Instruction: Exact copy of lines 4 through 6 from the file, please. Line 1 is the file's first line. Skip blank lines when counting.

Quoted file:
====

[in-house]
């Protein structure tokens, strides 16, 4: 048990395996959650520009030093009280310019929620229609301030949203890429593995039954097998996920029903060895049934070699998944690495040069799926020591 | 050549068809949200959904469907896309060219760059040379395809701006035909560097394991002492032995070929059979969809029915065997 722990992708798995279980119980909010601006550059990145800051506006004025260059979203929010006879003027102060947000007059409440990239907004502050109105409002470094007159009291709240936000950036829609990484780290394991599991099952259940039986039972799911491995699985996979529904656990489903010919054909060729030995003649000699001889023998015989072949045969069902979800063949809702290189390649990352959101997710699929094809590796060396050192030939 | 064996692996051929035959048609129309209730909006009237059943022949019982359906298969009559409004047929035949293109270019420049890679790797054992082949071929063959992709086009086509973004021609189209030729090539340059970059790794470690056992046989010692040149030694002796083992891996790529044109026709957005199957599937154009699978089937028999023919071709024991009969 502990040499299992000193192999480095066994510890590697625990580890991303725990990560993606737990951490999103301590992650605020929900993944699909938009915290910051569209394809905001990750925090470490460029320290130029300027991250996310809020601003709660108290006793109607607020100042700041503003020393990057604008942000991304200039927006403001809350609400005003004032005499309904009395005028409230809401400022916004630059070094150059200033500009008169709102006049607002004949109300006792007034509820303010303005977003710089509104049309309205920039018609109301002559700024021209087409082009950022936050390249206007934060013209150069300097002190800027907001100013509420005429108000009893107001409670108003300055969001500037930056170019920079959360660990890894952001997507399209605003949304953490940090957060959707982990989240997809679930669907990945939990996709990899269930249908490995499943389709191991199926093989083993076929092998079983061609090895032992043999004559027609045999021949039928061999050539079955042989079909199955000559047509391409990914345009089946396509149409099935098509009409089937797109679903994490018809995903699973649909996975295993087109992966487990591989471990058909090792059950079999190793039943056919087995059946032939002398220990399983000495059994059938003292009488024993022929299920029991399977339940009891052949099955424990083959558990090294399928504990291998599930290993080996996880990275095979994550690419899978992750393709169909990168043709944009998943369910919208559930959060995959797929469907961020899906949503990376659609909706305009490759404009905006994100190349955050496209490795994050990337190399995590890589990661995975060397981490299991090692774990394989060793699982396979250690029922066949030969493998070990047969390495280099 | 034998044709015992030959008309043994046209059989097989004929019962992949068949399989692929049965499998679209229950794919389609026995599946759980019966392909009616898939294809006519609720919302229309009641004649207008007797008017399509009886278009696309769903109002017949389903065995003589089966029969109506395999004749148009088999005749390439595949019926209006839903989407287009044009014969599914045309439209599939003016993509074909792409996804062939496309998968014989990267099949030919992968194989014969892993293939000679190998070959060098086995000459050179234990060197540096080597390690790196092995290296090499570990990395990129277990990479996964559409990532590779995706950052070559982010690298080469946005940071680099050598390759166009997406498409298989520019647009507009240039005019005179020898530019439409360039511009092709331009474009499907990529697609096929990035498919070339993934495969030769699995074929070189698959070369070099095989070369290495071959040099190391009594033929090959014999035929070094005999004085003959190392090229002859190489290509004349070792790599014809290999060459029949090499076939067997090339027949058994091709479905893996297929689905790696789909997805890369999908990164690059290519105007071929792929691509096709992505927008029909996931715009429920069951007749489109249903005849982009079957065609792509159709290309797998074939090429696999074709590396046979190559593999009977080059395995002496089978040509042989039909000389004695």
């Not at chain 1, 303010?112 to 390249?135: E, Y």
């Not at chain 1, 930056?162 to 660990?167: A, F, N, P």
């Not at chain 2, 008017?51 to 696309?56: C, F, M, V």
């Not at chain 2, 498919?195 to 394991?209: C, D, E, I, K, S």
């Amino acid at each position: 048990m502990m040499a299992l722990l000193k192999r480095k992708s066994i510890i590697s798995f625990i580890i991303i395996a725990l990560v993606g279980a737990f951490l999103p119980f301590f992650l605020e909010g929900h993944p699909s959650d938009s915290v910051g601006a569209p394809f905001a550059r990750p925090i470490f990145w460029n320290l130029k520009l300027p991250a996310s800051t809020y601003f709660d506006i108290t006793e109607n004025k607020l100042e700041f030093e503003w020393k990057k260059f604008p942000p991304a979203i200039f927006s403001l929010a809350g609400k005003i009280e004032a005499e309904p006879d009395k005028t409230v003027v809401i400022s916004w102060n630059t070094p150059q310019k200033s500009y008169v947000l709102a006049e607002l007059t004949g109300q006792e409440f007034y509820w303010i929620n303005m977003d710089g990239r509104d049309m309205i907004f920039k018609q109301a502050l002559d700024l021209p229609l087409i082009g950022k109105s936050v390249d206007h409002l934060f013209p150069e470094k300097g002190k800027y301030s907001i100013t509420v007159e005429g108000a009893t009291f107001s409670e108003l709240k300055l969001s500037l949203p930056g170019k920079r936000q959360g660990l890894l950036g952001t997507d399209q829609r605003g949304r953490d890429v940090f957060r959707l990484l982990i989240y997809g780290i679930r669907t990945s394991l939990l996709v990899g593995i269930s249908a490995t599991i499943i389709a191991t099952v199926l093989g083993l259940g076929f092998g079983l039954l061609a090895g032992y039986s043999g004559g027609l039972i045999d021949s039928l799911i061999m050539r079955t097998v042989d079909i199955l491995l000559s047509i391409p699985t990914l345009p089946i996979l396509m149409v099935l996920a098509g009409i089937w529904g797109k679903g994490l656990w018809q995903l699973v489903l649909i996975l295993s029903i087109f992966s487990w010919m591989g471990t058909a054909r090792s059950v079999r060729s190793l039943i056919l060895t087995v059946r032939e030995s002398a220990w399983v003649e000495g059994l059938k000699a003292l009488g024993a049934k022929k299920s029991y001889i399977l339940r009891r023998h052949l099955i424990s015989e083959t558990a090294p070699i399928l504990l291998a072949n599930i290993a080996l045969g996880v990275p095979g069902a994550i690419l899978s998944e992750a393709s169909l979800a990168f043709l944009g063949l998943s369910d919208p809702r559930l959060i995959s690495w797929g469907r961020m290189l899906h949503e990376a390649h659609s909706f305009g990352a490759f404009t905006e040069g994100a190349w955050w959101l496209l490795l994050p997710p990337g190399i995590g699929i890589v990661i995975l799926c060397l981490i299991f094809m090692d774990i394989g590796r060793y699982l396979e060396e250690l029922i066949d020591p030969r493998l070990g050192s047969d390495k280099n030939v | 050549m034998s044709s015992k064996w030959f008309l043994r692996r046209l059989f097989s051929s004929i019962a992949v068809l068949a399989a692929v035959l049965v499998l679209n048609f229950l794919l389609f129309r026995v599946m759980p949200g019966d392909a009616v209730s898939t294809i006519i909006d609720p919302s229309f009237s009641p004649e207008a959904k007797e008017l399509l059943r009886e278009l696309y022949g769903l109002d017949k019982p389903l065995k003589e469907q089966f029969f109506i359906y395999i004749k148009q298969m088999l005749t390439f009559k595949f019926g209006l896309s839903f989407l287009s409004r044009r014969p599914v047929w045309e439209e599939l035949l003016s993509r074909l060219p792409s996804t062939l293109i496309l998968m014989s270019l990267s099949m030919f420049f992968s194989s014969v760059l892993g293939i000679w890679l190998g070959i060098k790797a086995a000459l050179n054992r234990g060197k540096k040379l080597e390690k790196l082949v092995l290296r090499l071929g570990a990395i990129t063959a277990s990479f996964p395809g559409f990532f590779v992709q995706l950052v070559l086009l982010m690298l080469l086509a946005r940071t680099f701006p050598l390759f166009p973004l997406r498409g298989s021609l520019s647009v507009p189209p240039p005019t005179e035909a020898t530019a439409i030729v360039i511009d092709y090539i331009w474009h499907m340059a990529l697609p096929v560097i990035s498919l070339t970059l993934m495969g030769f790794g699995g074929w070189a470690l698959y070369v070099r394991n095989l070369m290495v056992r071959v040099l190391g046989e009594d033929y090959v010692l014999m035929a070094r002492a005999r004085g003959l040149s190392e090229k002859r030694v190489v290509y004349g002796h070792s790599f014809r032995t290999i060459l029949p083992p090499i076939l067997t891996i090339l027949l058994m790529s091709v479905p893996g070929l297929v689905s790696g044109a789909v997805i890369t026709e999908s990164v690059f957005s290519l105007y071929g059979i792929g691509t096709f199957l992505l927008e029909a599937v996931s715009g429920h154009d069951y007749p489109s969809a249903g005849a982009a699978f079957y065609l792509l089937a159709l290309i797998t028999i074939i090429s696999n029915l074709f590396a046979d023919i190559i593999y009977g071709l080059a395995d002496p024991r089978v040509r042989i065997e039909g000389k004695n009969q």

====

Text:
């Not at chain 1, 930056?162 to 660990?167: A, F, N, P």
């Not at chain 2, 008017?51 to 696309?56: C, F, M, V």
């Not at chain 2, 498919?195 to 394991?209: C, D, E, I, K, S």